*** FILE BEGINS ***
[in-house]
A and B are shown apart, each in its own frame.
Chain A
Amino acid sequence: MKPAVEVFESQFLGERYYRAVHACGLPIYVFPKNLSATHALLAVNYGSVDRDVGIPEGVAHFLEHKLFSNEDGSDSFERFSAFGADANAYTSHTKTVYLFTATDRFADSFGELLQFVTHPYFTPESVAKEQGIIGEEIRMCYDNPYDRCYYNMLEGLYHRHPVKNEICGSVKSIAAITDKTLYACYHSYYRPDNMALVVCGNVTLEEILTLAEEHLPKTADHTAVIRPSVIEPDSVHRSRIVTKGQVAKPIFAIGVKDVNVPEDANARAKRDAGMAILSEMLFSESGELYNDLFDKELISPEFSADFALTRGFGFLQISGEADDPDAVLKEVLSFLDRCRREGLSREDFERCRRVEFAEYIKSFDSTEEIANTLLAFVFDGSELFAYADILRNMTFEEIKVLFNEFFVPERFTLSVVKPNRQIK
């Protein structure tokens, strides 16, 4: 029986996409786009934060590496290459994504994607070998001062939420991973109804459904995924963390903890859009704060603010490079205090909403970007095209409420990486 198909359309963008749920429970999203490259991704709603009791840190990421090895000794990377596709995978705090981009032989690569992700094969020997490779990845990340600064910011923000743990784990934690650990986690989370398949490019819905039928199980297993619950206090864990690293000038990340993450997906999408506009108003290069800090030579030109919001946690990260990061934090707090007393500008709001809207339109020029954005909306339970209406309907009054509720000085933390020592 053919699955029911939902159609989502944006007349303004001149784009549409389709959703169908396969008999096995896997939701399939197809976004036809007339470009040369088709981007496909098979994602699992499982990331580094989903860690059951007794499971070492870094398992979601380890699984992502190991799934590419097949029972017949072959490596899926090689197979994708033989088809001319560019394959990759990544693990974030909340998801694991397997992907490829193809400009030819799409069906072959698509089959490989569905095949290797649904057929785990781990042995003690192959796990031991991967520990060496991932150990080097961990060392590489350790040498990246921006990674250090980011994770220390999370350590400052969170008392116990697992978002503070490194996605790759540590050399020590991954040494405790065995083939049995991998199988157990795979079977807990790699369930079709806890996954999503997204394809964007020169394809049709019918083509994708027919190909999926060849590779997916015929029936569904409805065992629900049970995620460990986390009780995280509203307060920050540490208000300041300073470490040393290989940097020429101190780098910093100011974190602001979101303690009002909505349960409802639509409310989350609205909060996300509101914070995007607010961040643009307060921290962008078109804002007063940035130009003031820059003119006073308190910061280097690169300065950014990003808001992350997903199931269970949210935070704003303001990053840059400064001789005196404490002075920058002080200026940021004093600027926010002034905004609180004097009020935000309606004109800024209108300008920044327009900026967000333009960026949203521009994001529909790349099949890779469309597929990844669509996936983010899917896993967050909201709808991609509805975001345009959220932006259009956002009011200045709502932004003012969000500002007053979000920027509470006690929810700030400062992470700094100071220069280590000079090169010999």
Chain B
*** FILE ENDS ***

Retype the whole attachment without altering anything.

[in-house]
A and B are shown apart, each in its own frame.
Chain A
Amino acid sequence: MKPAVEVFESQFLGERYYRAVHACGLPIYVFPKNLSATHALLAVNYGSVDRDVGIPEGVAHFLEHKLFSNEDGSDSFERFSAFGADANAYTSHTKTVYLFTATDRFADSFGELLQFVTHPYFTPESVAKEQGIIGEEIRMCYDNPYDRCYYNMLEGLYHRHPVKNEICGSVKSIAAITDKTLYACYHSYYRPDNMALVVCGNVTLEEILTLAEEHLPKTADHTAVIRPSVIEPDSVHRSRIVTKGQVAKPIFAIGVKDVNVPEDANARAKRDAGMAILSEMLFSESGELYNDLFDKELISPEFSADFALTRGFGFLQISGEADDPDAVLKEVLSFLDRCRREGLSREDFERCRRVEFAEYIKSFDSTEEIANTLLAFVFDGSELFAYADILRNMTFEEIKVLFNEFFVPERFTLSVVKPNRQIK
């Protein structure tokens, strides 16, 4: 029986996409786009934060590496290459994504994607070998001062939420991973109804459904995924963390903890859009704060603010490079205090909403970007095209409420990486 198909359309963008749920429970999203490259991704709603009791840190990421090895000794990377596709995978705090981009032989690569992700094969020997490779990845990340600064910011923000743990784990934690650990986690989370398949490019819905039928199980297993619950206090864990690293000038990340993450997906999408506009108003290069800090030579030109919001946690990260990061934090707090007393500008709001809207339109020029954005909306339970209406309907009054509720000085933390020592 053919699955029911939902159609989502944006007349303004001149784009549409389709959703169908396969008999096995896997939701399939197809976004036809007339470009040369088709981007496909098979994602699992499982990331580094989903860690059951007794499971070492870094398992979601380890699984992502190991799934590419097949029972017949072959490596899926090689197979994708033989088809001319560019394959990759990544693990974030909340998801694991397997992907490829193809400009030819799409069906072959698509089959490989569905095949290797649904057929785990781990042995003690192959796990031991991967520990060496991932150990080097961990060392590489350790040498990246921006990674250090980011994770220390999370350590400052969170008392116990697992978002503070490194996605790759540590050399020590991954040494405790065995083939049995991998199988157990795979079977807990790699369930079709806890996954999503997204394809964007020169394809049709019918083509994708027919190909999926060849590779997916015929029936569904409805065992629900049970995620460990986390009780995280509203307060920050540490208000300041300073470490040393290989940097020429101190780098910093100011974190602001979101303690009002909505349960409802639509409310989350609205909060996300509101914070995007607010961040643009307060921290962008078109804002007063940035130009003031820059003119006073308190910061280097690169300065950014990003808001992350997903199931269970949210935070704003303001990053840059400064001789005196404490002075920058002080200026940021004093600027926010002034905004609180004097009020935000309606004109800024209108300008920044327009900026967000333009960026949203521009994001529909790349099949890779469309597929990844669509996936983010899917896993967050909201709808991609509805975001345009959220932006259009956002009011200045709502932004003012969000500002007053979000920027509470006690929810700030400062992470700094100071220069280590000079090169010999």
Chain B